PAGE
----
Anatomy of a Fall, a current Academy Awards nominee for Best Picture, fits into a small category of courtroom dramas that places the viewers in the place of the jury. Like Otto Preminger’s Anatomy of a Murder (1959) (to which I suspect it owes debt greater than its similar title), the audience never actually sees the crime take place.

All that one can know is that a shocking death occurred; that the forensic pathologists, police, and court find it suspicious enough to bring an indictment; and that, quite apart from the verdict in the story, we are left to weigh the evidence and decide whether the protagonist is guilty or innocent—keeping in mind that that question has much more to it than a formal decision regarding what someone did to someone else in one horrific moment.

The story begins prosaically enough. A family consisting of wife and mother Sandra Voyer (Sandra Hüller), her son Daniel (Milo Machado Graner), and husband Samuel Maleski (Samuel Thais) live in a chalet in the French Alps near Grenoble. She is a successful novelist who has allowed a young literature student, Zoé Solidor (Camille Rutherford), to interview her, while Samuel, unseen at this point, works remodeling the attic to an instrumental of the song P.I.M.P. (which, happily, I had never heard prior to seeing the film).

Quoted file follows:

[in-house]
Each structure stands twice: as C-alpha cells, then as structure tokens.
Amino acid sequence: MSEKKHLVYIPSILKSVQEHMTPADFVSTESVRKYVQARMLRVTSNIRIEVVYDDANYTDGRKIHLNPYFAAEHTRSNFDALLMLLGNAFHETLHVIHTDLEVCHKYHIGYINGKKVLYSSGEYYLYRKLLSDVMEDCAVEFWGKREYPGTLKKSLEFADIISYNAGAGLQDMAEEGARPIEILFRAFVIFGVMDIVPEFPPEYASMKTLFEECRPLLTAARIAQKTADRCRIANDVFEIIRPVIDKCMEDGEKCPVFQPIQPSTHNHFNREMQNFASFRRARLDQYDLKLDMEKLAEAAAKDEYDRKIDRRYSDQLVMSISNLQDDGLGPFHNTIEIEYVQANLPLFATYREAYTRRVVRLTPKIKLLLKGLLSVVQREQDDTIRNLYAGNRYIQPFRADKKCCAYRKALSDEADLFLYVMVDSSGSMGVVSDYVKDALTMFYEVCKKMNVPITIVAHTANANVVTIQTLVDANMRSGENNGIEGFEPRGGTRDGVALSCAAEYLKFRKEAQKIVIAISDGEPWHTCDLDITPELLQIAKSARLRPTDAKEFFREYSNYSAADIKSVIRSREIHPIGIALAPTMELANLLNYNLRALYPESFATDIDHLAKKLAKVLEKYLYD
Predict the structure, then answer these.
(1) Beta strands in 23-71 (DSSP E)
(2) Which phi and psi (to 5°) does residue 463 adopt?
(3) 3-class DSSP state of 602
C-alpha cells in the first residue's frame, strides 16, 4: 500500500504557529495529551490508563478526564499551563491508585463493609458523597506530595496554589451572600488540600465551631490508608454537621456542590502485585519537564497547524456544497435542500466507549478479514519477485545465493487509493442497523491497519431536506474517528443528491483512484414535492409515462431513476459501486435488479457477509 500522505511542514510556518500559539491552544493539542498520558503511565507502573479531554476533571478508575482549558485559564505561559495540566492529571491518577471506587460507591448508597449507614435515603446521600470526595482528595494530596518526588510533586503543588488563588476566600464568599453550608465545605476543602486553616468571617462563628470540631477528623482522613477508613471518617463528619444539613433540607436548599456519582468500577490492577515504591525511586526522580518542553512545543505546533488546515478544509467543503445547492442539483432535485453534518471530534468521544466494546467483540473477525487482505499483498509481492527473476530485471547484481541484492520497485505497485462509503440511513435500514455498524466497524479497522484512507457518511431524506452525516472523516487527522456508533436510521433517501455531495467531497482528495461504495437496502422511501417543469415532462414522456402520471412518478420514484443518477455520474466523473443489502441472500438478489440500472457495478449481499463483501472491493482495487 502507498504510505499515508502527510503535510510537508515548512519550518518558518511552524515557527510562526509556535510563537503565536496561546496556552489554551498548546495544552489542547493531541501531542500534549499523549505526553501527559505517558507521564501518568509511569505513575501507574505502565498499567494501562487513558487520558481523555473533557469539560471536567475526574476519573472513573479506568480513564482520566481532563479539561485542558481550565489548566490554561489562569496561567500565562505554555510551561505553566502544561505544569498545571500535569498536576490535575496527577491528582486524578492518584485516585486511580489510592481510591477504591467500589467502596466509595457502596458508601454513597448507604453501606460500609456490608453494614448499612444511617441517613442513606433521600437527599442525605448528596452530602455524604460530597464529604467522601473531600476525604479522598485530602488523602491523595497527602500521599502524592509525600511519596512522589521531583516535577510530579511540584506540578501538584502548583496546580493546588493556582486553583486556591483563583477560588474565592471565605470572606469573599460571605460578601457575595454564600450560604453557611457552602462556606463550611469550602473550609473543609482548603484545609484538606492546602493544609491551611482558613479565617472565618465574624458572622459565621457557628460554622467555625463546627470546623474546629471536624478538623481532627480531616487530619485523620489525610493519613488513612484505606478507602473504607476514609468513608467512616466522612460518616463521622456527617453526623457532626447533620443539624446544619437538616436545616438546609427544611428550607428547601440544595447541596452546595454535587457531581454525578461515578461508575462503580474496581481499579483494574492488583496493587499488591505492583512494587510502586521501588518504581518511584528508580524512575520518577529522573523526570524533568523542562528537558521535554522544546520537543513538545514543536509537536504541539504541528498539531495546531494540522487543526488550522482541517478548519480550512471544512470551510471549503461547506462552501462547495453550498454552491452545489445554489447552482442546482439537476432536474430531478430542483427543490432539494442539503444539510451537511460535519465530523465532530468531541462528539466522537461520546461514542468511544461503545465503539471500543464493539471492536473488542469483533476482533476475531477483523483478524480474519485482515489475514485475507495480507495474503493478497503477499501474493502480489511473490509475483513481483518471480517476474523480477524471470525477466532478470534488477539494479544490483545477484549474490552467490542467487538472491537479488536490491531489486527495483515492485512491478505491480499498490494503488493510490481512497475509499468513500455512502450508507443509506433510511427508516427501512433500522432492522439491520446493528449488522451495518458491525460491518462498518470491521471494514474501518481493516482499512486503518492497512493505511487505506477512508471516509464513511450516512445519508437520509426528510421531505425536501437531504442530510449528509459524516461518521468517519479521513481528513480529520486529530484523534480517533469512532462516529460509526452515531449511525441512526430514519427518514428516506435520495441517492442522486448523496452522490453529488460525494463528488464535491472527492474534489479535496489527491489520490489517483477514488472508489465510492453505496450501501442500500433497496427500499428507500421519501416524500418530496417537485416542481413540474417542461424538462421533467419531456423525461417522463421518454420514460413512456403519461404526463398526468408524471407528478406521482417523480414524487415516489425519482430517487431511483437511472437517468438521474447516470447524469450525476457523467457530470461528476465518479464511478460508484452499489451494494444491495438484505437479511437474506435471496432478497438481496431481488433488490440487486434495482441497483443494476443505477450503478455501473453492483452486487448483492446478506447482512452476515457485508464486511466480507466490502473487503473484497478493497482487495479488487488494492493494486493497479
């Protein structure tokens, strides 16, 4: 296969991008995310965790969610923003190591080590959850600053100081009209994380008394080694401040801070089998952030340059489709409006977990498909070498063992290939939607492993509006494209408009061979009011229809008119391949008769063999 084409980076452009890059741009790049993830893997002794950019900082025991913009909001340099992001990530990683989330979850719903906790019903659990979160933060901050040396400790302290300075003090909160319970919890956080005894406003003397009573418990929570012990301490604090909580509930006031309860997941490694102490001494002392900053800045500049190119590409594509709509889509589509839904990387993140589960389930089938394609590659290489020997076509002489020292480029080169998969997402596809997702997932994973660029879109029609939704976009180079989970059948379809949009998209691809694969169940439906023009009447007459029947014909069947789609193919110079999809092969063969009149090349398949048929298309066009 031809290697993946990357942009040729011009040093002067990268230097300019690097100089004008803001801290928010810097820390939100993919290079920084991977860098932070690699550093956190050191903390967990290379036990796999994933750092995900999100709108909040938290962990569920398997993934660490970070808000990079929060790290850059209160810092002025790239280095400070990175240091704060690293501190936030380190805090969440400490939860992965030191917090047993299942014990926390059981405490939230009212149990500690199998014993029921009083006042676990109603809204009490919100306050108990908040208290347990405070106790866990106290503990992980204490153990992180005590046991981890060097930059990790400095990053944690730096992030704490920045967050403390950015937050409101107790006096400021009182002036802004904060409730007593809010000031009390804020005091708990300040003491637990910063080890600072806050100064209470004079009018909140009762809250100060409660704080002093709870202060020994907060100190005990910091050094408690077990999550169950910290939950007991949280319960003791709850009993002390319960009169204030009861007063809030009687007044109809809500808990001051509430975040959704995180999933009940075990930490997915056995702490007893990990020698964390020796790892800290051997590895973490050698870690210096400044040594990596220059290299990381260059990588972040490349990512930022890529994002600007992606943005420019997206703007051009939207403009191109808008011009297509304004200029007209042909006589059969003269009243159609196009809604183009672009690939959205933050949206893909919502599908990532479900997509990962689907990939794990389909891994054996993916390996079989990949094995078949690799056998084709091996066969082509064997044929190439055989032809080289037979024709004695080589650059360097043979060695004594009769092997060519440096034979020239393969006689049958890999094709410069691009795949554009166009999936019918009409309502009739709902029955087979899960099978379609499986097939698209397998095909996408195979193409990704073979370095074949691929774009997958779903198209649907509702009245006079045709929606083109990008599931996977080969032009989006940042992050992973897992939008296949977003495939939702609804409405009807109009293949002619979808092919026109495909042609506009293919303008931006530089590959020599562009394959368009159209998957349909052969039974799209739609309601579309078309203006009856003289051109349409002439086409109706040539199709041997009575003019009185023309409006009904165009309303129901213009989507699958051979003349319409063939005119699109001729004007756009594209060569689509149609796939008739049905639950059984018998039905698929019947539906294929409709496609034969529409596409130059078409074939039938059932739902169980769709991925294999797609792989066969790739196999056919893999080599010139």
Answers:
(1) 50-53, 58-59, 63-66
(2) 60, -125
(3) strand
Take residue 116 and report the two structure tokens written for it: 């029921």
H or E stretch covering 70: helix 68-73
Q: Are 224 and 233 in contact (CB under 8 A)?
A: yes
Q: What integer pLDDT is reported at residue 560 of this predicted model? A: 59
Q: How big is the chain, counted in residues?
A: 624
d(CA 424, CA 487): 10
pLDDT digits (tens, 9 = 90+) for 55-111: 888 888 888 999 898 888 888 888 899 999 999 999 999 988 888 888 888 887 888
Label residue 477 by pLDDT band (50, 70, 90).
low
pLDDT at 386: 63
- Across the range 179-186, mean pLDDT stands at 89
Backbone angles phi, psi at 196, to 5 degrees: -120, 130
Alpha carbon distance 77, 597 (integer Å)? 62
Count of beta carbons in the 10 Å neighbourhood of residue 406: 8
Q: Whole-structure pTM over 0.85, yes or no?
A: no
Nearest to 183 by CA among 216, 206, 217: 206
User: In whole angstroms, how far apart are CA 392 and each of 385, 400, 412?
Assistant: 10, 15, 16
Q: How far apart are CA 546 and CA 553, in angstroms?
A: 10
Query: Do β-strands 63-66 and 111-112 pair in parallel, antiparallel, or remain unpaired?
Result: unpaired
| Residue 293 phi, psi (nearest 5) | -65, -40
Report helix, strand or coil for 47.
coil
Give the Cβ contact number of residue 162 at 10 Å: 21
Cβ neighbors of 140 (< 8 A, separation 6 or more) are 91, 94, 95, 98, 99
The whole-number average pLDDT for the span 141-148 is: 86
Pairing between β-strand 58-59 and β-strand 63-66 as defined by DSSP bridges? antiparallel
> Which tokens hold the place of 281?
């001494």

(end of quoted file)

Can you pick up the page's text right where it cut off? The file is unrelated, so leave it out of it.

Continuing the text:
The interview is peculiar since Sandra seems more interested in asking questions of the student instead of the other way around. Even more bizarre, the music from the attic grows louder and louder until it reaches such an unbearable volume that Sandra must terminate the interview.

After Zoé leaves, Sandra rushes upstairs to talk to Samuel, a conversation that is never shown, while Daniel, wearing dark wrap-around sunglasses, takes Snoop, their border collie, for a walk in the snow. As the film later reveals, he is partially blind from an accident when he was younger, but he reveals himself determined to walk with only his dog as companion; in addition, he regularly practices the piano, learning a Chopin prelude among other pieces. When he returns to the chalet from his walk, he finds Samuel lying face up in the snow, clearly dead, bloodstains darkening the snow around his head.